Forum: Office of High Commissioner for Human Rights (ohchr) Issue



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Baku International Model United Nations 2016 | 15th April-17th April, 2016

Forum: Office of High Commissioner for Human Rights (OHCHR)

Issue: Managing the Situation of Human Rights on Palestinian Territories

Student Officer: Nazrin Rustamzade

Position: President of Office of High Commissioner for Human Rights

Introduction

The Israeli occupation of the Palestinian Territories has impacted both the civil; political rights; economic; social and cultural rights of Palestinians.

The impact of the occupation on Palestinian territories has been considerable: including restrictions on movement (as a result of the ‘Security/Separation Wall’, checkpoints, curfews and closure policies) and the resultant impact on the Rights to Education and Health; de-institutionalization of the Palestinian economy; expropriation of Palestinian land and resource and the destruction of land and property.

Definition of Key Terms

Human rights

The basic rights and freedoms that all people are entitled to regardless of nationality, sex, national or ethnic origin, race, religion, language, or other status. Human rights include civil and political rights, such as the right to life, liberty and freedom of expression; and social, cultural and economic rights including the right to participate in culture, the right to food, and the right to work and receive an education.  Human rights are protected and upheld by international and national laws and treaties.



Israeli- Palestinian conflict

It is an ongoing dispute between the State of Israel and the Palestinian people. The Israeli-Palestinian conflict is part of the wider Arab-Israeli conflict. Essentially, it is a dispute by two different people with claims over the same area of land. The Israelis believe that they are entitled to the land now known as Israel; while the Palestinians believe that they are entitled to the land they call Palestine.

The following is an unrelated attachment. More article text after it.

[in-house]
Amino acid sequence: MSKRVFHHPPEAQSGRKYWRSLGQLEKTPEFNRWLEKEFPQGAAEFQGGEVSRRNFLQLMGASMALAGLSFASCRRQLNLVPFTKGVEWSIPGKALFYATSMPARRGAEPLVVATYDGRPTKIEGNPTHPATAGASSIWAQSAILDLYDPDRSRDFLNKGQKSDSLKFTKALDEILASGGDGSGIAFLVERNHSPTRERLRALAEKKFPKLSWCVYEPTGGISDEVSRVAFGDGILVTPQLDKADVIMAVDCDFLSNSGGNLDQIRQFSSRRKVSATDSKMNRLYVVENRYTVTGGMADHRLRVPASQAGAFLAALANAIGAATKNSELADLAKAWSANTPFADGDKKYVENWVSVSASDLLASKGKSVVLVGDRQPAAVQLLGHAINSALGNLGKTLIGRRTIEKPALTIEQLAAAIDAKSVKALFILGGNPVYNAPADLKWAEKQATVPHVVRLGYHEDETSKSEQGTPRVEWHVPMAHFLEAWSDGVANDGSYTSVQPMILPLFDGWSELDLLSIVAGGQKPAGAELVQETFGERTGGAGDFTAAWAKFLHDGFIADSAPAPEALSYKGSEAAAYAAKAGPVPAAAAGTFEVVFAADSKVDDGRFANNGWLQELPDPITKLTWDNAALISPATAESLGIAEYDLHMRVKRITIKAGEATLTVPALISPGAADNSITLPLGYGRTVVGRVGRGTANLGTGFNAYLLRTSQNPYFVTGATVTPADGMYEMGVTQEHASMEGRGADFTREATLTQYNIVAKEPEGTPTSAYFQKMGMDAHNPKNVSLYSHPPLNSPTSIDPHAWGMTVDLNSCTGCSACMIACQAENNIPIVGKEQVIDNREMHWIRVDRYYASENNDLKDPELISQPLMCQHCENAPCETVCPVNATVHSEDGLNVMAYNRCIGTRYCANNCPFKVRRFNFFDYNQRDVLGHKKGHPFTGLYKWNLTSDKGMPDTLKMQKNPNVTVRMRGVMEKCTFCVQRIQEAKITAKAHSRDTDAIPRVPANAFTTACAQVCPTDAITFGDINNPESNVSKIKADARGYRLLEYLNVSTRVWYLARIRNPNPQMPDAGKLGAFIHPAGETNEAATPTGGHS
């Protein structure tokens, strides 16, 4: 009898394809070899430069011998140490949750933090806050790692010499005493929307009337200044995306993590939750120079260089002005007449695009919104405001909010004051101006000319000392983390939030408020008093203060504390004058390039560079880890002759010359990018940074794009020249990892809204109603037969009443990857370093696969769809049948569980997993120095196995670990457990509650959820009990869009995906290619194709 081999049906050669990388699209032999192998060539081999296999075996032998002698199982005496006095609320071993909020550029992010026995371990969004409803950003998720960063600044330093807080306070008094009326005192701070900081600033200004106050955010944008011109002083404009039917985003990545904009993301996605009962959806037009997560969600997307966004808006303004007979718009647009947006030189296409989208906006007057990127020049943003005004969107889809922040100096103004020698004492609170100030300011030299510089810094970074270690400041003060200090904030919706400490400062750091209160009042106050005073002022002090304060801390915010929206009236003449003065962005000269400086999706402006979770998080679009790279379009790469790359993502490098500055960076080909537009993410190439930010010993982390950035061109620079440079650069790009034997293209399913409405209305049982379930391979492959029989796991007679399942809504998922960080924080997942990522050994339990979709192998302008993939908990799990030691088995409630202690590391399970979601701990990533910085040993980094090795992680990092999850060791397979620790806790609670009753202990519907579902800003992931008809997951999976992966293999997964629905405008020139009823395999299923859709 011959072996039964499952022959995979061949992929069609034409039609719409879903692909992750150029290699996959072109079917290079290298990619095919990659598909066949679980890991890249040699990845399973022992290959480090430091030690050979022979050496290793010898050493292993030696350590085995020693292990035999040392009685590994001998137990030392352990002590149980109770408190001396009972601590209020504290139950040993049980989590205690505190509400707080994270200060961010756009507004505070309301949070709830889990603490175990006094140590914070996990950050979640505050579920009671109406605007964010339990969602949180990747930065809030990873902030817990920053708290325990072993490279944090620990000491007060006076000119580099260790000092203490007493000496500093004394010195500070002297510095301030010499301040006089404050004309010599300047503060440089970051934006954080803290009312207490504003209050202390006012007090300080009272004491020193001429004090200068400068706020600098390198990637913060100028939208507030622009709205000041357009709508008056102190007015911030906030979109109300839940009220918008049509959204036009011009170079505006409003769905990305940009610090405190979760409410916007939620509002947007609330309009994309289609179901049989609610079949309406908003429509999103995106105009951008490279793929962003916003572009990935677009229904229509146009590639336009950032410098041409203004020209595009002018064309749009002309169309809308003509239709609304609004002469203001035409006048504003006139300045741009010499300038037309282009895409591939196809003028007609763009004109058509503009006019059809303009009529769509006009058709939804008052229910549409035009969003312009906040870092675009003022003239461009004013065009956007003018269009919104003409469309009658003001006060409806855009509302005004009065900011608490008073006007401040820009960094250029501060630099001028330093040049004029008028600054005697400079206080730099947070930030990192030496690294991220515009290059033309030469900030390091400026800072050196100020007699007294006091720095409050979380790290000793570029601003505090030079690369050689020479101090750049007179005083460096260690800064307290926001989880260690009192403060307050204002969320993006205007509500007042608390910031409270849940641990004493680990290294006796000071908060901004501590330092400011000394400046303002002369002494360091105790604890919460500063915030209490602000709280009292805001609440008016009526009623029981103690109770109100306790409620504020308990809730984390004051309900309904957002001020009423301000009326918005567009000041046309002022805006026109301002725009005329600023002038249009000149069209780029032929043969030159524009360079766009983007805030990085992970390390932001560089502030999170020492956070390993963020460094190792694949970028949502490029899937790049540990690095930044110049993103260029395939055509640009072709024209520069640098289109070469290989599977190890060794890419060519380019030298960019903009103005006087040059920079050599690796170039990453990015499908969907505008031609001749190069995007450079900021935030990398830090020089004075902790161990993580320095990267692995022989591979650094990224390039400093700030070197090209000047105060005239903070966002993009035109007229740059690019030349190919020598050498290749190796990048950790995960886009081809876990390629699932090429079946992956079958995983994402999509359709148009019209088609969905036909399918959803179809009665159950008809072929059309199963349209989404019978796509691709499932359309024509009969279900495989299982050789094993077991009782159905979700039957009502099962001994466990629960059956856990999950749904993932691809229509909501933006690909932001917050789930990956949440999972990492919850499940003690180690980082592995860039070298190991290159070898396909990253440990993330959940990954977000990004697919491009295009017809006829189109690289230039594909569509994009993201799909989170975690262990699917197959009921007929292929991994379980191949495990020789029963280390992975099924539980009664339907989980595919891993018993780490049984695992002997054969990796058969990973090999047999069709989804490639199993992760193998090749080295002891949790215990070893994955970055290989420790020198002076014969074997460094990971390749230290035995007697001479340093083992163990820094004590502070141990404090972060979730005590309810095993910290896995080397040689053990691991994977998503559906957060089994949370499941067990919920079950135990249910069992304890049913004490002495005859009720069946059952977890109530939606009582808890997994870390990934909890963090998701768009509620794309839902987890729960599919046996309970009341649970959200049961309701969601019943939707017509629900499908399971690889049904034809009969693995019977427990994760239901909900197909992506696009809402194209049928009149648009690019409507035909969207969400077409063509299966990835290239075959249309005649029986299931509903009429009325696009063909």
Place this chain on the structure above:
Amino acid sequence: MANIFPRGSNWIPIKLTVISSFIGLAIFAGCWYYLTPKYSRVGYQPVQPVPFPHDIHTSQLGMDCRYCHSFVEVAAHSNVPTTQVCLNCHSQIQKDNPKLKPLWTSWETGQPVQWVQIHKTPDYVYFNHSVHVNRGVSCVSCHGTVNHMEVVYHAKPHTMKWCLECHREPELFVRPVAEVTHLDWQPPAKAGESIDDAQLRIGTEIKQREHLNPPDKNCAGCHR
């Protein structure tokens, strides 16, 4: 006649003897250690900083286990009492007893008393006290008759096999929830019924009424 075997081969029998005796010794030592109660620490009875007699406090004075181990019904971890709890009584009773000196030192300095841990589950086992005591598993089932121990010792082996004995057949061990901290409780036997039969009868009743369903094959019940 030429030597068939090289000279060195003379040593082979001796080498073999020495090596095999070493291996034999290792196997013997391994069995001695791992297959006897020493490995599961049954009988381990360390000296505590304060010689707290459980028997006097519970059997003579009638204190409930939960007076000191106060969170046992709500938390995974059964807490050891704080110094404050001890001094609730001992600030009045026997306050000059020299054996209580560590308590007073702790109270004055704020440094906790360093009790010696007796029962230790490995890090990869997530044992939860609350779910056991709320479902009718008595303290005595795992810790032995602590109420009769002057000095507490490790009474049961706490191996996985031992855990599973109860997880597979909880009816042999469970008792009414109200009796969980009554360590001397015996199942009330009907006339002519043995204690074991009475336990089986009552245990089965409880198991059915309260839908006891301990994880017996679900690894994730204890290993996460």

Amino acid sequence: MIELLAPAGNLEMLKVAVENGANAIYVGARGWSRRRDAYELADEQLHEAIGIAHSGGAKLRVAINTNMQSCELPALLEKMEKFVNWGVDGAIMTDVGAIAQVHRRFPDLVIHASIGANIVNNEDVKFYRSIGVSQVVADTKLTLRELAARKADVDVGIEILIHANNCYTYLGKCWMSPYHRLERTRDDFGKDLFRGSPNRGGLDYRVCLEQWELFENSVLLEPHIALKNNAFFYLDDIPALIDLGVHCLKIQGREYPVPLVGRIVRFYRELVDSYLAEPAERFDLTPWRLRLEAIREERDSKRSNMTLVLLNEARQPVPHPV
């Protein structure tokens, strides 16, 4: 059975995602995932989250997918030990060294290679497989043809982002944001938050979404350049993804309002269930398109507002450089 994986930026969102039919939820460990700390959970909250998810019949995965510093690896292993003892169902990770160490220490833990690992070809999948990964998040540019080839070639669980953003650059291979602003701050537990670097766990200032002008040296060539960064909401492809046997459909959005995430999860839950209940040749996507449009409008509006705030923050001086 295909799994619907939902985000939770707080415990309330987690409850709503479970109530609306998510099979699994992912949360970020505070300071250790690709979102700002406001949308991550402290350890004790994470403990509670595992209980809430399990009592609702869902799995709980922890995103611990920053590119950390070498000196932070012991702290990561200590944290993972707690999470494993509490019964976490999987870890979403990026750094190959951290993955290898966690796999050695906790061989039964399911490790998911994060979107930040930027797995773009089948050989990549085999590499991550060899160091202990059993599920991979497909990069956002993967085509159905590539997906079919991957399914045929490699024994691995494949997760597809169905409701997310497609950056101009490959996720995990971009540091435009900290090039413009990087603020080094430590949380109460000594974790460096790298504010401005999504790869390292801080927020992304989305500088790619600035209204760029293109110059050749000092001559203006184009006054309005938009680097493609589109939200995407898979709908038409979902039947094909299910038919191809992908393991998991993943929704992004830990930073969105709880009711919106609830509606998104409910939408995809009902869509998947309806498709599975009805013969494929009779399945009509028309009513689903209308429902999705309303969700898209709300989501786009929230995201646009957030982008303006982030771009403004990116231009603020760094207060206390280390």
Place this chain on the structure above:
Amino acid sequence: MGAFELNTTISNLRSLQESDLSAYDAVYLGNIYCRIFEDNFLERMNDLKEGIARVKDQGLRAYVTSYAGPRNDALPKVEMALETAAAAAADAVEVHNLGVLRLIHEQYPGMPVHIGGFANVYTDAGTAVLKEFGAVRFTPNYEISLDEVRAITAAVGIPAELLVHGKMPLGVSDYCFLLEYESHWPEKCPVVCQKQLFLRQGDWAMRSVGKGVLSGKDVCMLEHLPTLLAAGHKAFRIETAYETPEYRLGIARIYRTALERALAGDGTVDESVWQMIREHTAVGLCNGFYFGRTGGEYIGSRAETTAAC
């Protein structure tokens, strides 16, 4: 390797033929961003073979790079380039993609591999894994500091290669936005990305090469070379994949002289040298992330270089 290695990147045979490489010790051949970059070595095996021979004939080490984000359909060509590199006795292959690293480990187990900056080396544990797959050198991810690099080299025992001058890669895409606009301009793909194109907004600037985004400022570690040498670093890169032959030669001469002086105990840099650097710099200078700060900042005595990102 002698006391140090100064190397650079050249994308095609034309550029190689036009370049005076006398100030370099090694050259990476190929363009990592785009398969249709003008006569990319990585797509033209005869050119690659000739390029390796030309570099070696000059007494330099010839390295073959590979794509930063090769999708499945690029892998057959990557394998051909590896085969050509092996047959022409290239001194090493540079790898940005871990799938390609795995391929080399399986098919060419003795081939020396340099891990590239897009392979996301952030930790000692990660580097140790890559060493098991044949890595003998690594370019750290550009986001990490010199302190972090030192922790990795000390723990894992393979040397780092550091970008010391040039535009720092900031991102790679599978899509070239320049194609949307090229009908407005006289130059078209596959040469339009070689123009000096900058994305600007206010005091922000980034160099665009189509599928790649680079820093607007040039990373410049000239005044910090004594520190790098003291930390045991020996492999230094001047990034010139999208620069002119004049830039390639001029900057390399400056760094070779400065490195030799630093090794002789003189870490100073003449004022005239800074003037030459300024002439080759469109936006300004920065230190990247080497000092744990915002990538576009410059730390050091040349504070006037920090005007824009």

Palestinian territories

Are also knows as the “occupied Palestinian territories”(OPT or oPt) are descriptions often used to describe the West Bank (including East Jerusalem) and the Gaza Strip which are occupied or otherwise under the control of Israel. Israeli governments have maintained that the area involved is within territorial dispute. The Green Line, while subject to future negotiations, has frequently defined the extent of the territories.



Green line

The June 4, 1967 border, also known as green line, is the internationally recognized border between the occupied Palestinian territory (i.e. West Bank, including East Jerusalem, and Gaza Strip) and the State of Israel. The occupied Palestinian territory (oPt) represents an area equivalent to 22 percent of historic Palestine. The boundaries of the opt were established through the signing of armistice agreements between Egypt; Jordan and Israel following the war of 1948, and the subsequent creation of the State of Israel on 78 percent of historic Palestine.



Gaza

A strip of land along the Mediterranean coast between Israel and Egypt A majority of its 1.4 million residents are Palestinian refugees.



Fatah

Formerly the “Palestinian National Liberation Movement” is a leading secular Palestinian political party and the largest faction of the confederated multi-party Palestine Liberation Organization (PLO).



Hamas

Palestinian Islamist political party that has governed the Gaza strip since 2007. Rival party of Fatah, although the two parties signed a reconciliation agreement in 2011. Considered a terrorist organization by the United States.



Oslo Accords

The Oslo Accords are a set of agreements between the government of Israel and the Palestine Liberation Organization (PLO): the Oslo I Accord, signed in Washington, D.C., in 1993 and the Oslo II Accord signed in Taba in 1995. The Oslo Accords marked the start of the Oslo process, a peace process that is aimed at achieving a peace-treaty based on the United Nations Security Council resolution 242 and 338 - to fulfill the "right of the Palestinian people to self-determination". The Oslo process started after secret negotiations in Oslo, resulting in the recognition by the PLO of the State of Israel and the recognition by Israel of the PLO as the representative of the Palestinian people and as a partner in negotiations.

The Oslo Accords created the Palestinian Authority, whose functions are the limited self-governance over parts of the West Bank and the Gaza Strip; and, it acknowledged that the PLO is now Israel's partner in permanent status negotiations about the remaining issues. The most important issues are the borders of Israel and Palestine, the Israeli settlements, the status of Jerusalem, the question of Israel's military presence in and control over the remaining territories after the recognition of the Palestinian autonomy by Israel, and the Palestinian right of return. The Oslo Accords, however, it is important to remember, did not create a Palestinian state.

Background Information